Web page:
If I could say "don't dispatch binding events when I set thisProperty to true", that would help a lot.  I could do that if I could customize the Bindable generated code.

             

            Any other ideas?

            Lance

            • 3. Re: Rethinking Flex Animations: [Bindable] causing intense application lag
              piercer2 Level 1

              I see. You are animating a component, rather than the contents of a component.

               

              Seeing as there is a lot of stuff going on when you move components and their children then this really isn't a choice if you want a performance.

               

              If you look at Tinks Efflex framework (www.efflex.org) he gets round this by using an animation layer and caching the component as a bitmap whilst it is animated. This can create very sooth transitions and effects.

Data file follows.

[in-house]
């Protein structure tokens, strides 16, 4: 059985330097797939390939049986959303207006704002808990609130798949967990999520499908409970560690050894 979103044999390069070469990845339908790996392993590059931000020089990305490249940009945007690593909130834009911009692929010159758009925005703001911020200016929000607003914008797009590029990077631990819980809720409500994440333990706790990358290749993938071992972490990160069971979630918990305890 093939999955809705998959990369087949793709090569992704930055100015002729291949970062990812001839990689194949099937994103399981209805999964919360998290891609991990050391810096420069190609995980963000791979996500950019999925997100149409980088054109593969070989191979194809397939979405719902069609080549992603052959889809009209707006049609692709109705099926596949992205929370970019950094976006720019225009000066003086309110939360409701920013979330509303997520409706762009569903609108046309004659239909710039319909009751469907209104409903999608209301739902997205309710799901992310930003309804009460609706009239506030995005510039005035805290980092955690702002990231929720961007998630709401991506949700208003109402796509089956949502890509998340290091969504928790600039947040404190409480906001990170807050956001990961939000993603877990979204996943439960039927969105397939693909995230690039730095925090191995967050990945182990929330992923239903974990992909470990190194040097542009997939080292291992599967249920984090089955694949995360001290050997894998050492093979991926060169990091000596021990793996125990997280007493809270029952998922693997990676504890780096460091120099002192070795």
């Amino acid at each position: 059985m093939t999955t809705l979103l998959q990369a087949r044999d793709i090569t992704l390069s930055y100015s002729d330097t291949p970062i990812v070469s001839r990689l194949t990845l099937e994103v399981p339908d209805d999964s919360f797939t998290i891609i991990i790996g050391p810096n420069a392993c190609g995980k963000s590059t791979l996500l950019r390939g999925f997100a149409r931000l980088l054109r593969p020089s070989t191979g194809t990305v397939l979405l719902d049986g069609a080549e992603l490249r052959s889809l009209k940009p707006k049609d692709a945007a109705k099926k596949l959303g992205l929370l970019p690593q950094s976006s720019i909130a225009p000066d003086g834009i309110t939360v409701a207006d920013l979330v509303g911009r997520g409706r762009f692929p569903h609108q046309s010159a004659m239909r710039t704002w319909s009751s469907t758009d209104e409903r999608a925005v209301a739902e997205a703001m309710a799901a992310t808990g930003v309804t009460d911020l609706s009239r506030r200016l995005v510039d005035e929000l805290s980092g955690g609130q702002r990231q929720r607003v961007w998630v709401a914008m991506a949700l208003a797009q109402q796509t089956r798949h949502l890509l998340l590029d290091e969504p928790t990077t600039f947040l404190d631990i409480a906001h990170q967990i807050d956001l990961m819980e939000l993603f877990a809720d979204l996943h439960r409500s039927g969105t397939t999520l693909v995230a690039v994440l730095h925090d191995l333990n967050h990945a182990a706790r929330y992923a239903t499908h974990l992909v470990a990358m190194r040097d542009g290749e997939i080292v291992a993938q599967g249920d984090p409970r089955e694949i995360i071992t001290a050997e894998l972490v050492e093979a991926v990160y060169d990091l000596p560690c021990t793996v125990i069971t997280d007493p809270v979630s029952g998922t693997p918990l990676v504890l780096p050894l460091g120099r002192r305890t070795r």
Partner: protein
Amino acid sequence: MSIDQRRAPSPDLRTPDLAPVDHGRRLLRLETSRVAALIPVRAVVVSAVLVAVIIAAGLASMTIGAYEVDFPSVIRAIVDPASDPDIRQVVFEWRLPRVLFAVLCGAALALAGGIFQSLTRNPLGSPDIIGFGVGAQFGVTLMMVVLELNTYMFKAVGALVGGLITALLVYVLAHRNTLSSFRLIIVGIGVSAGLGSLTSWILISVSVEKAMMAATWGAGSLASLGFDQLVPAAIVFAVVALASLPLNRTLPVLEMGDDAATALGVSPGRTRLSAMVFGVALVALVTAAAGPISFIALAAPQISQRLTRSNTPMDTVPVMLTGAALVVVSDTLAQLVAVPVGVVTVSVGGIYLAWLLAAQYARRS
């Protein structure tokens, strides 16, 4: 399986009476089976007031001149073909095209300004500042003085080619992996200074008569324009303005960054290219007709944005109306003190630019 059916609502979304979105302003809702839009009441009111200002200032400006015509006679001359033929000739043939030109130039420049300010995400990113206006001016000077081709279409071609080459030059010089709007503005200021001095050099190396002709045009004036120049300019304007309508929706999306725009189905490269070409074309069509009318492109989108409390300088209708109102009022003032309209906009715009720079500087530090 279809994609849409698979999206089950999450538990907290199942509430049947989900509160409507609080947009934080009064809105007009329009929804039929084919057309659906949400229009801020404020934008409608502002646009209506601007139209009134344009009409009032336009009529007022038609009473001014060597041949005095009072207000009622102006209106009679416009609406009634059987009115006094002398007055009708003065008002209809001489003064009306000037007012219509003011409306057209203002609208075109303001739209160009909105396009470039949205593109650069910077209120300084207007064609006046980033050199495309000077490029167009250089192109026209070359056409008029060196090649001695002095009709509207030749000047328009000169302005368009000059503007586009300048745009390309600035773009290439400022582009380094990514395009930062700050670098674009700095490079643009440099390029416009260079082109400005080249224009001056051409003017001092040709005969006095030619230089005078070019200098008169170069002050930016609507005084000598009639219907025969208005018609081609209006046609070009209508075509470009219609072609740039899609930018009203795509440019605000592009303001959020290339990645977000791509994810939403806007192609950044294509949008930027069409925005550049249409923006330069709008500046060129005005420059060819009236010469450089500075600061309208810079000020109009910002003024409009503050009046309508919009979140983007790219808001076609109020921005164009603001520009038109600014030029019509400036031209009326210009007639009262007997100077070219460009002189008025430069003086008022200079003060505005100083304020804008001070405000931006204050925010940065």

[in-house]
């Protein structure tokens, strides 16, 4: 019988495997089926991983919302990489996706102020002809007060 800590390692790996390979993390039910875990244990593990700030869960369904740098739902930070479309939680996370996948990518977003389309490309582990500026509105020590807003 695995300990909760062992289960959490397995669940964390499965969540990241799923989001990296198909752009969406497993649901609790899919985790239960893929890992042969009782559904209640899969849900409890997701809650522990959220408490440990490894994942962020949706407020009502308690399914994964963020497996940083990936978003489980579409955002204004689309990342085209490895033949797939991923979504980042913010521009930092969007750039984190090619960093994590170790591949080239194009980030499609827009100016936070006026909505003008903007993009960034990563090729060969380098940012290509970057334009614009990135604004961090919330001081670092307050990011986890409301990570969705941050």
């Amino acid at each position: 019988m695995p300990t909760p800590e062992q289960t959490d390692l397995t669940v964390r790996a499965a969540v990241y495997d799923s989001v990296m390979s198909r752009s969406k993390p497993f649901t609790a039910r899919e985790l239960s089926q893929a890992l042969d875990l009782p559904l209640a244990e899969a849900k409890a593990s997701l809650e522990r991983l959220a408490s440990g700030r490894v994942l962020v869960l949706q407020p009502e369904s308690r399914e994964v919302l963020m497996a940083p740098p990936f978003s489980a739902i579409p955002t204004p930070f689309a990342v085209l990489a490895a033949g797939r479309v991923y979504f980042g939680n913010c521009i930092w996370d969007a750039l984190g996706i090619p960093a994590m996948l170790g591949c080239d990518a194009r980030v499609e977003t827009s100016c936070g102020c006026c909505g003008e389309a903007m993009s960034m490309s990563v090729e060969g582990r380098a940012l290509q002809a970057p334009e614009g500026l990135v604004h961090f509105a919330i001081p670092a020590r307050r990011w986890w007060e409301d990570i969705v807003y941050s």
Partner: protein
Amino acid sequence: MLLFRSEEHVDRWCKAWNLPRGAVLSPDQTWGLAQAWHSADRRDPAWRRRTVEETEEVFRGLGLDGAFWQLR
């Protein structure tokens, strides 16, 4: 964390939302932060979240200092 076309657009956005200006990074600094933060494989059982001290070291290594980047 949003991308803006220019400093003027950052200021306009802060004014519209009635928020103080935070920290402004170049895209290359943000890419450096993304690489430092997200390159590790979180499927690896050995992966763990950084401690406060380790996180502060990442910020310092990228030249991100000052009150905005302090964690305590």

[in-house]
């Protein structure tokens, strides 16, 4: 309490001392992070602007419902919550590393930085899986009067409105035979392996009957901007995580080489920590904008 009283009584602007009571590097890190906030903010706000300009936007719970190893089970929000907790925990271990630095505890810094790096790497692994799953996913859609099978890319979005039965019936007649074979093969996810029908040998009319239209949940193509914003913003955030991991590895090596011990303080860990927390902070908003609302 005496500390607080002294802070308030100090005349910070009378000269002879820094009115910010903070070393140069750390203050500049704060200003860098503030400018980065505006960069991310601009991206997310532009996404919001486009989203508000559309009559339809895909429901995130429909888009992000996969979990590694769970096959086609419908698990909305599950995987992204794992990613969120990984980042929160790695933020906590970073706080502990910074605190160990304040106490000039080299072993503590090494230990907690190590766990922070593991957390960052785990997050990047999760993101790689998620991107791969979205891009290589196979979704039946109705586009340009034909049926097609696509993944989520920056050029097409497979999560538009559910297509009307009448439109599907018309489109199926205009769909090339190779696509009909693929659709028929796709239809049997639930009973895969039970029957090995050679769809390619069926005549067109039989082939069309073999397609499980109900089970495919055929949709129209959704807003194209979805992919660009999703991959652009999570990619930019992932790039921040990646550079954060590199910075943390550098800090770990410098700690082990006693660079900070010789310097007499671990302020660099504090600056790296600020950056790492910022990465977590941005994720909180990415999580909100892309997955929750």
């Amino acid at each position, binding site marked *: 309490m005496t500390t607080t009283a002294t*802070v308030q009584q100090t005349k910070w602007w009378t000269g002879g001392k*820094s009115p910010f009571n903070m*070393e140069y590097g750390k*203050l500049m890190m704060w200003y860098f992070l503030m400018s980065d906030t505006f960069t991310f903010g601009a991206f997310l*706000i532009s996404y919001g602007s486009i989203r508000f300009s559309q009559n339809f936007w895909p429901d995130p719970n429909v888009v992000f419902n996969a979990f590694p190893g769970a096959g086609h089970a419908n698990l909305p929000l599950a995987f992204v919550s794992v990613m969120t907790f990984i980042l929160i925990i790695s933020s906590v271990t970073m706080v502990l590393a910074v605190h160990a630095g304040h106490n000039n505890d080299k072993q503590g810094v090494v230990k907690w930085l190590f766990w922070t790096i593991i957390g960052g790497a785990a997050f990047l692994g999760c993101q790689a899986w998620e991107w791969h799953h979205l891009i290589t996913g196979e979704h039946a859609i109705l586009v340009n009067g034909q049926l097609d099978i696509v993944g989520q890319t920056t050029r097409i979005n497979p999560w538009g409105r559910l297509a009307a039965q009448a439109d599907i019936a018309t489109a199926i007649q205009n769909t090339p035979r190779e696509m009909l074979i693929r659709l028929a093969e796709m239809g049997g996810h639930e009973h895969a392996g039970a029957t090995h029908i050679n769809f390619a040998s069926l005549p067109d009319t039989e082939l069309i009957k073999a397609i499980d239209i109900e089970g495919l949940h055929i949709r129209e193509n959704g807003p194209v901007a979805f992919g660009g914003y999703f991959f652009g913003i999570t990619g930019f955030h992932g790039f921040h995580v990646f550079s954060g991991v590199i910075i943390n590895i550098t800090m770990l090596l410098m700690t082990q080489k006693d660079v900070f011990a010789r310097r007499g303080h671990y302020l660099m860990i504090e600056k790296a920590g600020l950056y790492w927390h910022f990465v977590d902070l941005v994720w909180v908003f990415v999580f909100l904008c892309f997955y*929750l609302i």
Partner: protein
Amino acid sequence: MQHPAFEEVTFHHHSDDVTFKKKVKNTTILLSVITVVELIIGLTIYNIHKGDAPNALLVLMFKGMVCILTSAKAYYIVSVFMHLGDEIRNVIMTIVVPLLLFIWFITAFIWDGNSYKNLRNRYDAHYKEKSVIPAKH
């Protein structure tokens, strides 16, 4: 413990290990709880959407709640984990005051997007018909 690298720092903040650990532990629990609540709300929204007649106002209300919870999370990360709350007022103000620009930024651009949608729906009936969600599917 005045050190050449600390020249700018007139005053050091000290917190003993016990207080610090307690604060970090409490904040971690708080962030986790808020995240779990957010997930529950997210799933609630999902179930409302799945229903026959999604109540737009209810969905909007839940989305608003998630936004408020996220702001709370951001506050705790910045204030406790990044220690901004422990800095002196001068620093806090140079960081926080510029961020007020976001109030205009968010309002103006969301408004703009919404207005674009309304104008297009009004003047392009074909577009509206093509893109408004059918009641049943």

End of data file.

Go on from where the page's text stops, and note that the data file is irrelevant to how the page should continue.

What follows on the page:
Hope that helps

               

              Conrad

              1 person found this helpful
              • 4. Re: Rethinking Flex Animations: [Bindable] causing intense application lag
                viatropos Level 1

                Cool, that's a great option, I'll check out his effects again.  I would also like to have access to the generated [Bindable] code and see what I could come up with, you should inspire the team to make some api for it .

                 

                Thanks,

                Lance

                • 5. Re: Rethinking Flex Animations: [Bindable] causing intense application lag
                  Chet Haase Level 3

                  Hi Lance,